“… as Angela’s reputation as the rising star of British Art spreads, the time is coming for her to say goodbye to many more pieces from her collection”

Rebecca Drake, Editor of ‘Concept for Living’

Concept For Living MagazineNestled amidst the beautiful Lancashire countryside in the picturesque village of Ribchester sits the contemporary art gallery Ascot Studios. Opened 18 months ago by vivacious Lancashire lass Angela Wakefield, the studio exhibits contemporary art by a variety of up-and-coming artists, including an assortment of work by Angela herself.

Diminutive in proportion, with sparkling eyes and a personality to match, Angela exudes a vibrant enthusiasm for her art and gallery alike. Both the gallery and accompanying studio, where Angela creates a lot of her work, are housed in Bee Mill, a converted textile mill which dates back to 1888. Retaining a variety of its original features and flooded with natural light, the mill is the ideal environment to showcase Angela’s unique work; a variety of urban landscapes, inspired by everyday life in the North West.

Angela and her partner Phil show me around the gallery. It’s a beautiful contemporary space. The urban look and feel of the interior juxtaposed with the quaint riverside village location of the mill; a space to contemplate and create.  An enthusiastic artist since childhood, Angela tells me she began drawing as soon as she could hold a pencil. Raised in Chaigley near Accrington, she completed her fine art degree at UCLAN in 2002. She then spent the following 4 years pursuing her ultimate dream of owning her own gallery, whilst, of course, developing her own artistic career too.

Passionate about the North and also other northern artists, Angela opened a studio next to her gallery to give other up-and-coming artists a place to work and be inspired.

“It’s not just about me,” she explained; “It’s about the North and northern artists. Why should we have to leave the North to make it? We draw inspiration from each other. Sometimes there are five or six of us working here at the same time. I love the buzz. The creative banter. Hearing paintbrushes against canvas.”

Angela has found inspiration for much of her work in scenes that many of us would perceive as mundane. Her critically acclaimed collection Urban Landscapes, which includes pieces such as ‘Chip Shop, Nuttal Street, Accrington’, ‘CIS Solar Tower Manchester’ and ‘Winter Rush Hour’, exude movement, colour and light. Angela explained to me that she is fascinated by cityscapes at nightfall : “I am inspired by the vast array of luminous man-made colours that transform our towns and cities from bleak and depressing spaces by day, to vibrant and colourful fairgrounds by night.”

Respected writer and art historian Ian McClurg- Welland recently commented:

“Angela Wakefield’s art is now attracting the attention of private collectors and galleries. The approachability and affordability of her art is refreshing against the backdrop of the industry’s perception. The fascinating appeal of her urbanised utopias is reflecting a change in attitudes further afield. Her work is cutting edge, unique in execution, and without doubt breaking through.”

A variety of pieces from Angela’s Urban Landscapes series are currently being exhibited at Ascot Studios. The pieces are acrylic on canvas and range in size from 8” square to 4’ square. Angela tells me how the series evolved:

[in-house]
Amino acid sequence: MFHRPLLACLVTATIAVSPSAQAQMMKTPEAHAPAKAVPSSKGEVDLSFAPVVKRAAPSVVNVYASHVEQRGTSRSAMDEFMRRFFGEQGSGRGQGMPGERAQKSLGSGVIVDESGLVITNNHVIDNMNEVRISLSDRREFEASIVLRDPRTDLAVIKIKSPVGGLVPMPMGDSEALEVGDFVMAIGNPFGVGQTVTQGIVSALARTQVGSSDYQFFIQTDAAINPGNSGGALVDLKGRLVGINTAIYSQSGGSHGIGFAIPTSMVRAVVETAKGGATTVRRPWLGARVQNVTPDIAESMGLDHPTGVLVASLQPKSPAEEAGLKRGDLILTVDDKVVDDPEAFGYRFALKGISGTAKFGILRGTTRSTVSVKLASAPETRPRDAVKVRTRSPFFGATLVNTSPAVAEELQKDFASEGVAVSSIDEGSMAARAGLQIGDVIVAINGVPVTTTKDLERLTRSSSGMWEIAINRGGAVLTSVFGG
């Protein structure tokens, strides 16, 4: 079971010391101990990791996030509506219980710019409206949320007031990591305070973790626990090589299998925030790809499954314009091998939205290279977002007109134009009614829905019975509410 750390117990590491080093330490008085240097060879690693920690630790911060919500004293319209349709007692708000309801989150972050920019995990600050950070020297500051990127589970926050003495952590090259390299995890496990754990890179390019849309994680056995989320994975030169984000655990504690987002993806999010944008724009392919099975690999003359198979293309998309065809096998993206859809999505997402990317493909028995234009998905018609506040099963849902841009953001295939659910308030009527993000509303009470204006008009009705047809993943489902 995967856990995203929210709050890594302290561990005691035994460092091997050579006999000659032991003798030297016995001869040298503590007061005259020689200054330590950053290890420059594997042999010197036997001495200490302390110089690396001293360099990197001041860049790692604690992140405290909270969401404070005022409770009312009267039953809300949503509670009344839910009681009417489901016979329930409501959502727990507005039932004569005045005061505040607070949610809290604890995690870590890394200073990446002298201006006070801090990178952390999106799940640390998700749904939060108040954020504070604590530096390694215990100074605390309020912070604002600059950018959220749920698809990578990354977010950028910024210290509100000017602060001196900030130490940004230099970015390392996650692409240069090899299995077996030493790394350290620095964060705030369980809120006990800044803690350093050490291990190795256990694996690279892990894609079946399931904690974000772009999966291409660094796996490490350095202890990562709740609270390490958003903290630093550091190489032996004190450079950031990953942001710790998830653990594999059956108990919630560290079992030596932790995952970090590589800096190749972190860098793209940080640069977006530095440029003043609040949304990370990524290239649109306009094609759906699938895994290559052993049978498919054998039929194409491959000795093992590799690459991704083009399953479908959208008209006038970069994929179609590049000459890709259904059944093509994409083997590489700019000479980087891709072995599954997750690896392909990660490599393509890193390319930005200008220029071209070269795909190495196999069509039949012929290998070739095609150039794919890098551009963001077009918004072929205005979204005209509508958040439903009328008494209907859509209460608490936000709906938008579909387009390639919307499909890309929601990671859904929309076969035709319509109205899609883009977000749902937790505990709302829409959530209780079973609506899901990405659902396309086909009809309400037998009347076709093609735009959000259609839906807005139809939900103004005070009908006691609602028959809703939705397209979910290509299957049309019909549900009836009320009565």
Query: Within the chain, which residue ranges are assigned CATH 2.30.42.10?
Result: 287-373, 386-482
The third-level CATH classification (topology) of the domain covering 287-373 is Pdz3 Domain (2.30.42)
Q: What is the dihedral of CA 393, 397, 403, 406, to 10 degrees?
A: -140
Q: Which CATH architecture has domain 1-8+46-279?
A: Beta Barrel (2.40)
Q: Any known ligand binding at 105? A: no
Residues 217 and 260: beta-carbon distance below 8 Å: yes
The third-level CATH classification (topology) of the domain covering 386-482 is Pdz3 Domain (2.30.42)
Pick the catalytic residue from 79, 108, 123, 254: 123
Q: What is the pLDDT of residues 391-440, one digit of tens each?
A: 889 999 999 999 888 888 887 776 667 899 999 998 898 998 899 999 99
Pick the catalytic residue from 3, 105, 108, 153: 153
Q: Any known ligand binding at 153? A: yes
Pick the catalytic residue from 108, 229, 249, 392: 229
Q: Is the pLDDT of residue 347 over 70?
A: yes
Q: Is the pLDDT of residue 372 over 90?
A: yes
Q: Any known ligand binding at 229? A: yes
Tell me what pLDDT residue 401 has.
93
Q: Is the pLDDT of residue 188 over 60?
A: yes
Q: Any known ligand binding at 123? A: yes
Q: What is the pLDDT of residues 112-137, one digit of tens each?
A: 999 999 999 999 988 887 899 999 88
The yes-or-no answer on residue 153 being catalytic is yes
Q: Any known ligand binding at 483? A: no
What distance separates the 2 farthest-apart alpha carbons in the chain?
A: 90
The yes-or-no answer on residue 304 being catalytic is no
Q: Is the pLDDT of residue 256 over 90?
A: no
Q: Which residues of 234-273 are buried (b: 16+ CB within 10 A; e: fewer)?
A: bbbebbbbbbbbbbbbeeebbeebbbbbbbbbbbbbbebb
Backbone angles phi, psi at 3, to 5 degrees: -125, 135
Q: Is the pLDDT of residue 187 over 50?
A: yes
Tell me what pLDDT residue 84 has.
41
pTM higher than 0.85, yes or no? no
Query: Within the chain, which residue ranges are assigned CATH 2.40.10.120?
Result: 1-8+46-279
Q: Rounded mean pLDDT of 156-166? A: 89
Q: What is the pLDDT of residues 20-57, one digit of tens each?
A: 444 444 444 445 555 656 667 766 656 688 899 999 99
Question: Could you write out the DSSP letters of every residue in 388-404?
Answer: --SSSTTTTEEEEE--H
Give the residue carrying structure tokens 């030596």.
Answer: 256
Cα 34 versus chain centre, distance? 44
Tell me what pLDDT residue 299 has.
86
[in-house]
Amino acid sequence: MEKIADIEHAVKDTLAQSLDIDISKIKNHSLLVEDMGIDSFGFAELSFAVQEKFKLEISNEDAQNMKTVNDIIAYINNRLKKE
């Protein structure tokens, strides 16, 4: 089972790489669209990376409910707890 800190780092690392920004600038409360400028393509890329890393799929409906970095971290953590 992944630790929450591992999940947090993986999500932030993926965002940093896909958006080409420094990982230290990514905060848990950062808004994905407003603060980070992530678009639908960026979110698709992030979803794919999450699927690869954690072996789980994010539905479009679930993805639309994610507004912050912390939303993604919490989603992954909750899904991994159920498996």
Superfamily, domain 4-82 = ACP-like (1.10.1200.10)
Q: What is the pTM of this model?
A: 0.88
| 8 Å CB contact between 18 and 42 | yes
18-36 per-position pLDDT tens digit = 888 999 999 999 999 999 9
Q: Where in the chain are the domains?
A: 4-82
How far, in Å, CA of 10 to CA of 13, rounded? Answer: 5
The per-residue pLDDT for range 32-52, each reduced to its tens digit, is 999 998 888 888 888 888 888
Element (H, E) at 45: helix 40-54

“The Urban Landscapes are my main passion. I start by taking a series of photographs. Sometimes I can take up to a thousand photos, but I will choose only one, which I know will work as a painting. Mostly I will have an idea of exactly how I want my work to end up and I will work to that end. I paint when I feel inspired which can be any time of the day or night, whenever it feels right.”

Even to my untrained eye, each of Angela’s Urban Landscapes exhibits emotion and intensity. The energy and vivacity which bring each piece to life are a reflection of Angela’s vibrant and passionate personality. Angela tells me that opening the gallery is her biggest career landmark to date. She explains that starting out as a young artist, it is difficult to know where to begin:

“I didn’t know where to go to make my dream of becoming an artist and owning a gallery a reality. I did a business course, which gave me confidence and helped me with the day-to-day basics of running my own business. Places for new artists to exhibit are few and far between and many galleries just don’t have the facilities for contemporary artists. As an artist you will paint anyway, but you have to be persistent. My main piece of advice to anyone starting out would be to join a studio, it’s so important. It enables you to get support, maximise your skills and learn from others.”

On the day I visited the gallery, a potential buyer drops in and expresses an interest in a selection of Angela’s pieces. She’s thrilled but also, surprisingly, seems somewhat saddened. Of course, she opened the gallery as an outlet to exhibit and sell her work, but it is clear that she has an emotional attachment to each of the paintings. She tells me about one of her pieces, ‘Jazz Band’. “I loved that piece. It was inspired by an amazing, enigmatic jazz band that we saw playing in a restaurant in China Town, Manchester. I was so sad when it went but pleased too because I knew it went to someone who would appreciate it. A good home.”

A selection of Angela’s work can be viewed between 11am and 5pm, Monday to Saturday, at Ascot Studios. With work ranging in price from £250 , the current exhibition of her work represents an exciting opportunity to invest in a unique piece of original British artwork. As Angela’s reputation as the rising star of British art spreads, the time is surely coming for her to say goodbye to many more pieces from her Urban Landscapes collection.